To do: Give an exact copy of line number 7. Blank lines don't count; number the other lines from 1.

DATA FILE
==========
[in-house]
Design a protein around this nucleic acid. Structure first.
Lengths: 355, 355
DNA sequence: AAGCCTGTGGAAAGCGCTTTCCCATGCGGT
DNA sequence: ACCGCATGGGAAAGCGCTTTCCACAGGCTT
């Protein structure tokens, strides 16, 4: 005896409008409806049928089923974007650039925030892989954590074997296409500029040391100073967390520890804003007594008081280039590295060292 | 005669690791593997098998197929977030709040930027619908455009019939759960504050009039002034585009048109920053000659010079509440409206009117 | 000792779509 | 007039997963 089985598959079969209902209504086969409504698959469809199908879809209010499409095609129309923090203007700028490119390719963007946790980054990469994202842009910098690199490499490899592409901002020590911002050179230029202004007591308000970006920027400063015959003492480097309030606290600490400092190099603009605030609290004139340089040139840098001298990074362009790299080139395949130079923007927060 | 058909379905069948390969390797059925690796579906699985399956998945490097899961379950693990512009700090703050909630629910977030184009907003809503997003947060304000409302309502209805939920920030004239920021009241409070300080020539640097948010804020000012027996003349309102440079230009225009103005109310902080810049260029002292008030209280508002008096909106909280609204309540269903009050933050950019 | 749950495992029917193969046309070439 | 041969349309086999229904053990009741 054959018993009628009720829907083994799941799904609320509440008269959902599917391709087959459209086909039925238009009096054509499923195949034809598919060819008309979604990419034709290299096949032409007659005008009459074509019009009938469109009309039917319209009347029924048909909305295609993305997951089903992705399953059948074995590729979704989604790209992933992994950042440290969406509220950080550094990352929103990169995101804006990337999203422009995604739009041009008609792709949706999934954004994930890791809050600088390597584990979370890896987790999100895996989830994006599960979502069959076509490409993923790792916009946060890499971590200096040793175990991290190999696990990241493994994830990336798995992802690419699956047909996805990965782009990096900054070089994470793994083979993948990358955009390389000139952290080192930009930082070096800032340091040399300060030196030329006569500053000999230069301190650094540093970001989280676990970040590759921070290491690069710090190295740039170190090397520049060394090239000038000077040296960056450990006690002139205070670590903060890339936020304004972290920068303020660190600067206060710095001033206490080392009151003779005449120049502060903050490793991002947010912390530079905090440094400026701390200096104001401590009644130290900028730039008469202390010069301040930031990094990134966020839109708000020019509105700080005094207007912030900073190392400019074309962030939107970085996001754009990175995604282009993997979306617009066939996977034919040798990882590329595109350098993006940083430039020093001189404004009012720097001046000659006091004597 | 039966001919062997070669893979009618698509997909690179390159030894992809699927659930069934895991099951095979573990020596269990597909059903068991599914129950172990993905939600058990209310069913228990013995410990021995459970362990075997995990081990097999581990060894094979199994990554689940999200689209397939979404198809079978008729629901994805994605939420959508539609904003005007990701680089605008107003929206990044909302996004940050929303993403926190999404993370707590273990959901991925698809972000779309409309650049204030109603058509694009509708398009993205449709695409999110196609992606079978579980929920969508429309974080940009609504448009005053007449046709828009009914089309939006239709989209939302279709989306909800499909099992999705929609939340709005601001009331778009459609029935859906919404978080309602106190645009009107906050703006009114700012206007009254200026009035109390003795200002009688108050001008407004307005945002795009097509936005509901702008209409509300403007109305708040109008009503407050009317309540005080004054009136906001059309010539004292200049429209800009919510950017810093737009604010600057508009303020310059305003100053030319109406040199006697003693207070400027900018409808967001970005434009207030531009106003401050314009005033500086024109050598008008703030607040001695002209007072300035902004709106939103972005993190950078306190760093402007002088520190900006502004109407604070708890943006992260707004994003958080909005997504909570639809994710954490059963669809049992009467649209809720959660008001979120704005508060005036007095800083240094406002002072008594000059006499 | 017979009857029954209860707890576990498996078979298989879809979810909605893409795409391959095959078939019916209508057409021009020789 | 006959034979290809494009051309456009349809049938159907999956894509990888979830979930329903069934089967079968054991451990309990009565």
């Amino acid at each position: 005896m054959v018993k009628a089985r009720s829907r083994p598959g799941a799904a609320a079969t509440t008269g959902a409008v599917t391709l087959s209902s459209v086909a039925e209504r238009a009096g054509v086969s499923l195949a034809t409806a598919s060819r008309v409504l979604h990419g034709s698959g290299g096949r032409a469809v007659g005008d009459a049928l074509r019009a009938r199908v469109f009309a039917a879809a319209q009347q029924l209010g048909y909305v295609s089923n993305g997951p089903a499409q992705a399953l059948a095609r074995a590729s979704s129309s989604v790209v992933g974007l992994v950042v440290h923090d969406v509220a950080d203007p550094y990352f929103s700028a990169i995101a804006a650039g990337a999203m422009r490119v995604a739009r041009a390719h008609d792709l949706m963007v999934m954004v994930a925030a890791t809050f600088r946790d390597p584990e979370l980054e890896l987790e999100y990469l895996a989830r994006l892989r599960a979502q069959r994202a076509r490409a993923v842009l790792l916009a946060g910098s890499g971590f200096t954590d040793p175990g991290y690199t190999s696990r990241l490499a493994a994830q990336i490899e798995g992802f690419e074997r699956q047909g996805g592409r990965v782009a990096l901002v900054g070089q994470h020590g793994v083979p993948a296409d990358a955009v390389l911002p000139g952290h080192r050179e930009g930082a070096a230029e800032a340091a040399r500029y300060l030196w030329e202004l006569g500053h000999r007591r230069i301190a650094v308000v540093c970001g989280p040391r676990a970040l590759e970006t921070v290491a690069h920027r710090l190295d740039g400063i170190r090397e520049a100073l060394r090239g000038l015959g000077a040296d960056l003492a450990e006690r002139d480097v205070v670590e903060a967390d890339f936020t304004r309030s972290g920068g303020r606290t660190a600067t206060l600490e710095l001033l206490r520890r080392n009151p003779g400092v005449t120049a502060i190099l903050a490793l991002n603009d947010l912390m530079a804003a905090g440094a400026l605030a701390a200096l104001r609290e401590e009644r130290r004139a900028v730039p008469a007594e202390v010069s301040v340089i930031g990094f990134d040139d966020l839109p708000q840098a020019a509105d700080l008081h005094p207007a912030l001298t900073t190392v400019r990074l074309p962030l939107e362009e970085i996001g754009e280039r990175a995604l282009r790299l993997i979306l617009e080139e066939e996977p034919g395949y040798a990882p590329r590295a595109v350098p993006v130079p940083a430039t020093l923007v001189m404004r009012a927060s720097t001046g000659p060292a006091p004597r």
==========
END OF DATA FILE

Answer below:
């Amino acid at each position: 005896m054959v018993k009628a089985r009720s829907r083994p598959g799941a799904a609320a079969t509440t008269g959902a409008v599917t391709l087959s209902s459209v086909a039925e209504r238009a009096g054509v086969s499923l195949a034809t409806a598919s060819r008309v409504l979604h990419g034709s698959g290299g096949r032409a469809v007659g005008d009459a049928l074509r019009a009938r199908v469109f009309a039917a879809a319209q009347q029924l209010g048909y909305v295609s089923n993305g997951p089903a499409q992705a399953l059948a095609r074995a590729s979704s129309s989604v790209v992933g974007l992994v950042v440290h923090d969406v509220a950080d203007p550094y990352f929103s700028a990169i995101a804006a650039g990337a999203m422009r490119v995604a739009r041009a390719h008609d792709l949706m963007v999934m954004v994930a925030a890791t809050f600088r946790d390597p584990e979370l980054e890896l987790e999100y990469l895996a989830r994006l892989r599960a979502q069959r994202a076509r490409a993923v842009l790792l916009a946060g910098s890499g971590f200096t954590d040793p175990g991290y690199t190999s696990r990241l490499a493994a994830q990336i490899e798995g992802f690419e074997r699956q047909g996805g592409r990965v782009a990096l901002v900054g070089q994470h020590g793994v083979p993948a296409d990358a955009v390389l911002p000139g952290h080192r050179e930009g930082a070096a230029e800032a340091a040399r500029y300060l030196w030329e202004l006569g500053h000999r007591r230069i301190a650094v308000v540093c970001g989280p040391r676990a970040l590759e970006t921070v290491a690069h920027r710090l190295d740039g400063i170190r090397e520049a100073l060394r090239g000038l015959g000077a040296d960056l003492a450990e006690r002139d480097v205070v670590e903060a967390d890339f936020t304004r309030s972290g920068g303020r606290t660190a600067t206060l600490e710095l001033l206490r520890r080392n009151p003779g400092v005449t120049a502060i190099l903050a490793l991002n603009d947010l912390m530079a804003a905090g440094a400026l605030a701390a200096l104001r609290e401590e009644r130290r004139a900028v730039p008469a007594e202390v010069s301040v340089i930031g990094f990134d040139d966020l839109p708000q840098a020019a509105d700080l008081h005094p207007a912030l001298t900073t190392v400019r990074l074309p962030l939107e362009e970085i996001g754009e280039r990175a995604l282009r790299l993997i979306l617009e080139e066939e996977p034919g395949y040798a990882p590329r590295a595109v350098p993006v130079p940083a430039t020093l923007v001189m404004r009012a927060s720097t001046g000659p060292a006091p004597r």